Berlin – the socialist city.
After the Second World War, more than 30% of the housing stock, 85% of classrooms and 80% of hospital rooms in Berlin were destroyed. What was to rise up from the ruins of the capital? The Socialist Unity Party (SED) saw a chance to include the rebirth of the city into the newly founded German Democratic Republic. Berlin was meant to be a model city of the DDR and was therefore the place for the first attempts of a Socialist construction policy. The building codes were influenced not only by economic factors but also included political and social challenges.
Put differently: The architecture of Berlin and all other cities in East Germany was supposed to symbolize virtues such as equality, collectivity and openness in order to support the way into a Socialist society.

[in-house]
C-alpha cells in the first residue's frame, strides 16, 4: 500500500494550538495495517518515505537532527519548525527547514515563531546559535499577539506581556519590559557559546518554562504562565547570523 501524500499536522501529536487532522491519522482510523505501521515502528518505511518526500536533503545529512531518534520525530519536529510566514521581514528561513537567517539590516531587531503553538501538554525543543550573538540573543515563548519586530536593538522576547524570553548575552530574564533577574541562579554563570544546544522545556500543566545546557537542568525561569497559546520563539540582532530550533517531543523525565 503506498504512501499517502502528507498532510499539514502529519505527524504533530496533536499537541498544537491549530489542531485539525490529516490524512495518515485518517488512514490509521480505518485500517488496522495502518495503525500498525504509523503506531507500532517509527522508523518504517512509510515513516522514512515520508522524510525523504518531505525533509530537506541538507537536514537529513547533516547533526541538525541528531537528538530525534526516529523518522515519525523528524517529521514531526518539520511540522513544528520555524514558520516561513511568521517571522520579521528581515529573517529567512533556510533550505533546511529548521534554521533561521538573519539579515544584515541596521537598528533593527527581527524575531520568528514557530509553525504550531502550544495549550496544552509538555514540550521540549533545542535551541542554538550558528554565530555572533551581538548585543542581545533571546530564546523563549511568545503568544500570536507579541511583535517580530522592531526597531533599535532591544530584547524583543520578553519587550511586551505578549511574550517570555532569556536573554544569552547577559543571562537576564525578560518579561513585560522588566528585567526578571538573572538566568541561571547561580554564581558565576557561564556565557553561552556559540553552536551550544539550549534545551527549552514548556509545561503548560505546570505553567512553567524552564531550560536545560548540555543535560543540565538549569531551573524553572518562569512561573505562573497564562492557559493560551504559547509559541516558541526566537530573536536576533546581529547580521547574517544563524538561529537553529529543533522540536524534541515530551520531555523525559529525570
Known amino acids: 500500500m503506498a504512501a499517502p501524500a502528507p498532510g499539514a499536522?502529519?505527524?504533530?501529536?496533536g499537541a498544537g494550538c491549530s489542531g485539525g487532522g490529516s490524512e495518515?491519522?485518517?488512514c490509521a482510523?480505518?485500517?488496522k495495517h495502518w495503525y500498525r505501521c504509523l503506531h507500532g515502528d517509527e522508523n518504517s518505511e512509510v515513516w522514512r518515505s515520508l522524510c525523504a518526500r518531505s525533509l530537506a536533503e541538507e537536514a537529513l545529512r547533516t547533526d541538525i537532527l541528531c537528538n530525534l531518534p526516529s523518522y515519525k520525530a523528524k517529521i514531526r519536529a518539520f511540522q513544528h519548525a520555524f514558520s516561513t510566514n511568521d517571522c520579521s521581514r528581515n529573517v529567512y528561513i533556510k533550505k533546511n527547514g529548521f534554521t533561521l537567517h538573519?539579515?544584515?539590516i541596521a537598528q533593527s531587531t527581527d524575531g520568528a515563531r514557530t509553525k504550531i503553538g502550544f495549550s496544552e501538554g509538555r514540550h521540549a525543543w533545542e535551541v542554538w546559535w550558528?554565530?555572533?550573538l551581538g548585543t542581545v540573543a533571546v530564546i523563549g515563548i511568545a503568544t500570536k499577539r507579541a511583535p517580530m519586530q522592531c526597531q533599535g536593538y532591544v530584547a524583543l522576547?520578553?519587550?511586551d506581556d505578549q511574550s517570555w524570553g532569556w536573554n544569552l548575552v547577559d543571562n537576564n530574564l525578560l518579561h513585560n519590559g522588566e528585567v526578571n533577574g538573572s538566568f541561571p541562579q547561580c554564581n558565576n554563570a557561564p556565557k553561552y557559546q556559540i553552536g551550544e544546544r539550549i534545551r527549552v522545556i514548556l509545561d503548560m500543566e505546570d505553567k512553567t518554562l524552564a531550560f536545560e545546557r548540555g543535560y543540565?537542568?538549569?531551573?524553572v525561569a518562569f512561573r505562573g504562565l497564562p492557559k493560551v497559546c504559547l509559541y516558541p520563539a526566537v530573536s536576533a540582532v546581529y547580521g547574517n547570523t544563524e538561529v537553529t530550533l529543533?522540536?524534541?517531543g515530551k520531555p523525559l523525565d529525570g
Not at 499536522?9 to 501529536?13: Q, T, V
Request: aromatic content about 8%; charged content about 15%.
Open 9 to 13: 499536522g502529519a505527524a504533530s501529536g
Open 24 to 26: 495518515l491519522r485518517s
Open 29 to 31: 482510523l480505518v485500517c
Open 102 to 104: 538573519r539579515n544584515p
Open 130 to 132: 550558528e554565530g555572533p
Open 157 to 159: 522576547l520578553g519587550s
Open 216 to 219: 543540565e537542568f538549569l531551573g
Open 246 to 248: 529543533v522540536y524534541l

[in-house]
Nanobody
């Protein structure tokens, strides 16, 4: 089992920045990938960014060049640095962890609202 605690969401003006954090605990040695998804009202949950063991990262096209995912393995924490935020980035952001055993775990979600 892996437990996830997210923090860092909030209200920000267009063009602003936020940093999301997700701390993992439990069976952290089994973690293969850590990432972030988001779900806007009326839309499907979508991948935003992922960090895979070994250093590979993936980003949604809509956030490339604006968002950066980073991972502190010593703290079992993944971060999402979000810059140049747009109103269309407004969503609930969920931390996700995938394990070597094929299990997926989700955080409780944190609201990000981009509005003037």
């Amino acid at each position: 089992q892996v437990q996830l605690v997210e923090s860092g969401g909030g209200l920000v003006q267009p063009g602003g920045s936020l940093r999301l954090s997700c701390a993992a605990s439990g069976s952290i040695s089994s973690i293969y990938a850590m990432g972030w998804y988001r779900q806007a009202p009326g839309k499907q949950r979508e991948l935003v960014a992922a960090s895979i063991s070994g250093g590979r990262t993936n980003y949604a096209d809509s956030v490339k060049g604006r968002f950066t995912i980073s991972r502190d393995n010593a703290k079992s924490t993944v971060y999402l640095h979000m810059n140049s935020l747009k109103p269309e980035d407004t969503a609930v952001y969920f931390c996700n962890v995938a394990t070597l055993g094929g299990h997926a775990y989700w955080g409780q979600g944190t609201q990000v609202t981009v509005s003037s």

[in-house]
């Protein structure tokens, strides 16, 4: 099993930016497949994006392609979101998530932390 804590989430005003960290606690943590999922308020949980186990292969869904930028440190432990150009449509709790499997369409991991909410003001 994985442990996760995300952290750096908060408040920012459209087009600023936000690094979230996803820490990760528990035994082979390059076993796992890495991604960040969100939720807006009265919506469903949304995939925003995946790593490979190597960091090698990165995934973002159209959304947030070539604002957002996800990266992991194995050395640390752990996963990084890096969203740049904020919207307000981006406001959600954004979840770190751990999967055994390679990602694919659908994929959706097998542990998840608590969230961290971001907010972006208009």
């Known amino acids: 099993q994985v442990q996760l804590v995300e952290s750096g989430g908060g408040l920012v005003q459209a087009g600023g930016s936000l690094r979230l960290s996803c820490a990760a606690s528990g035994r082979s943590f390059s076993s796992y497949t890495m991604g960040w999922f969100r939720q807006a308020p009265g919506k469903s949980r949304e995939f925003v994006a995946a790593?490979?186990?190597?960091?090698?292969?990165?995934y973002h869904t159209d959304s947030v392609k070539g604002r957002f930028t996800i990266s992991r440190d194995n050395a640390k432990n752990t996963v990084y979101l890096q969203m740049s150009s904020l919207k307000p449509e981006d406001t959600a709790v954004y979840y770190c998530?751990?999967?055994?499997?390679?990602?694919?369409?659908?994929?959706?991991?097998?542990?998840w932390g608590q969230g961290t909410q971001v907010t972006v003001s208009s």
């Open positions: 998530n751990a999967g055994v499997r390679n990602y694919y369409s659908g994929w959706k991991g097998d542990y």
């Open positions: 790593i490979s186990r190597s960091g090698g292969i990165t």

Economic guidelines in urban planning
“We don’t have time for shenanigans. We have only one task: To build apartments for the workers, as many, as fast, as cheap as possible. Always keep that in mind.” says the city architect in Brigitte Reimann´s novel "Franziska Linkerhand" and formulates thereby the heart of the matter of socialist building policy. (Dörhöfer, 1994, p.121).
The Socialist construction policy of the postwar period had the primary goal to provide apartments for all citizens of the DDR. Therefore, a rational construction industry model was created which was supposed to fulfil all of these expectations. Methods such as the industrialization of the building industry and the automating of the construction process were introduced in order to lower costs. Another example is the mass construction programs such as the Siebenjahrplan (Seven-Year-Plan) which envisaged the construction of 772.000 apartments between 1959 and 1965 (Zinsmeister, 2002). These Plattenbau-style buildings were not only to be cost-saving, but were also meant to promote the principle of equality, an essential feature of Socialism.